Denton Assault & Family Violence Lawyer
Assault family violence in Texas is governed by Section 22.01 (a)(1) of the Penal Code of the state, which provides that a person is guilty of an assault offense if he or she knowingly, recklessly or intentionally causes physical injury to another individual, including the spouse of the actor. At first glance, the law may appear very broad but in Denton and other areas of North Texas, assault family violence cases are among the most difficult to prosecute successfully.
Bodily Injury Defined
Bodily injury is defined by Section 1.07(a)(8) of the Texas Penal Code as illness, physical pain or any kind of physical condition impairment. This statute may again look terrifyingly broad but you should not worry. There are a lot of solid defenses and other obstacles that the prosecution has to overcome before they can convict you of assault family violence.
In assault cases that allege bodily injury, self-defense can definitely be an affirmative defense. Self-defense is defined by Section 9.31(a), which states in part that there is justification on the use of force by a person against another person when the actor reasonably believes that it is immediately necessary to use force in order to protect him or herself against the attempted us of illegal force by the other person.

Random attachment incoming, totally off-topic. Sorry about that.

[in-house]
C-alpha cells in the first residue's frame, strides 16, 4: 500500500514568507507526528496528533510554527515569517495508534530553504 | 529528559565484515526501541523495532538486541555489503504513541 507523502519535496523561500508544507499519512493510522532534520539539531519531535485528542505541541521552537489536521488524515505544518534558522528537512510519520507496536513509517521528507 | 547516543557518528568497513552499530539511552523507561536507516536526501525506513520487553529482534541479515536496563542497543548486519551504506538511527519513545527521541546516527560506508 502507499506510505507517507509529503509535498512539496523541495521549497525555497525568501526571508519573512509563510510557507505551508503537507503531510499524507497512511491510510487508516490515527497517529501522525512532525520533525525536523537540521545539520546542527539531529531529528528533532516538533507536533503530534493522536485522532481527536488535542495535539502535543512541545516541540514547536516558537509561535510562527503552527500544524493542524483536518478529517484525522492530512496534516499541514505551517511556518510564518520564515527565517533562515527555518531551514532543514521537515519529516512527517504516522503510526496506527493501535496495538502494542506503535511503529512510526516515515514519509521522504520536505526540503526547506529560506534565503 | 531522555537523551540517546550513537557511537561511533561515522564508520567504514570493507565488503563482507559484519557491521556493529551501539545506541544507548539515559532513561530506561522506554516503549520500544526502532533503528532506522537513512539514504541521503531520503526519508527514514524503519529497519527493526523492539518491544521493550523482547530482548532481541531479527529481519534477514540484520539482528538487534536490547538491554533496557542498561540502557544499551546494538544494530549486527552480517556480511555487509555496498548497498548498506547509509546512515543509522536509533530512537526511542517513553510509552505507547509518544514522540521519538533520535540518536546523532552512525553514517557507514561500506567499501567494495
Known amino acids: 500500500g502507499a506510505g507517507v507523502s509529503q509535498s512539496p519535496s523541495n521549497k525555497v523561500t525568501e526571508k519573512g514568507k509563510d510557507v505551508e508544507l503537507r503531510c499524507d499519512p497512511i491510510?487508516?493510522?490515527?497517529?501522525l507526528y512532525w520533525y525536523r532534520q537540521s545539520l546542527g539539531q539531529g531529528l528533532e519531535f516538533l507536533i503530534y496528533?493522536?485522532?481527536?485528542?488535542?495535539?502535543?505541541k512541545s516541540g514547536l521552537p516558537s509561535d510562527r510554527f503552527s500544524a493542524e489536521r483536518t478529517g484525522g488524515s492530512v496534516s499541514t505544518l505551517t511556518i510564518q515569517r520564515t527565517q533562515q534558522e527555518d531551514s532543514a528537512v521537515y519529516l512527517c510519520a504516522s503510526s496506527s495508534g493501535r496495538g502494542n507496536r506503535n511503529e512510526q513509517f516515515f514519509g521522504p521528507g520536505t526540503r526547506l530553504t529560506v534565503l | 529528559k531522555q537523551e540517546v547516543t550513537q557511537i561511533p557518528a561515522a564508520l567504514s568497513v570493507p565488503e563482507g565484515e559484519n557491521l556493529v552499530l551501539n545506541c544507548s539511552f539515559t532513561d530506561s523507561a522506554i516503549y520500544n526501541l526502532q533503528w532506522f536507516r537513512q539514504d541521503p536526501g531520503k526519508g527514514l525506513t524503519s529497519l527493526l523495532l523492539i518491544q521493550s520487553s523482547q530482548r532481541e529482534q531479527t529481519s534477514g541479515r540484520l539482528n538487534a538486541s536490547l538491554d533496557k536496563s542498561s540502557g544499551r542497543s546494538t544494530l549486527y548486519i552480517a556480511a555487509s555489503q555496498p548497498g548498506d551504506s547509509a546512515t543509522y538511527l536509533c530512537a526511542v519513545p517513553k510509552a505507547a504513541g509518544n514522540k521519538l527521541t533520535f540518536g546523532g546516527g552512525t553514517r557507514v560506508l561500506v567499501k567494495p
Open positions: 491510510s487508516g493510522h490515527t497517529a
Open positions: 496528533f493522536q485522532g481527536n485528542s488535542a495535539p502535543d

Consent is another affirmative defense that is less prominent. Consent means exactly as it is, that the assaulted individual agreed to the assault that resulted to bodily injury. An individual cannot consent lawfully to aggravated assault that resulted to serious physical injury. A classic example for consent in law school is in sports where players hit each other routinely in the course of the game such as in football. Another situation where a victim could possible provoke an assault is when he or she invites another person to hit him or her.
Although each factual circumstance and case is unique, the accuser has to testify against the accused to fulfill all the legal elements of the case. It is mandated by the confrontation clause of the Constitution that a person has the right to face his or her accusers in court.
The prosecution also finds assault cases difficult because many jurors hesitate to let the state be involved with the personal lives of people. When they witness an unwilling victim being forced into the witness stand or when they cannot distinguish who is really at fault, they usually give the correct judgment, which is “not guilty”.
An essential concern in assault family violence case is the attempt of the state to hang an affirmative finding of family violence on you. Section 22.01(b)(2)(A) along with several sections of the Family Code could make an affirmative finding of family violence enhance a second misdemeanor offense to third degree felony. Even a deferred adjudication would not erase an affirmative finding.
If you have been accused of assault family violence in the state of Texas, having a lawyer who knows what he is doing could save you a lot of trouble. We invite you to contact us at the Goolsby Law Firm right away for a free initial consultation.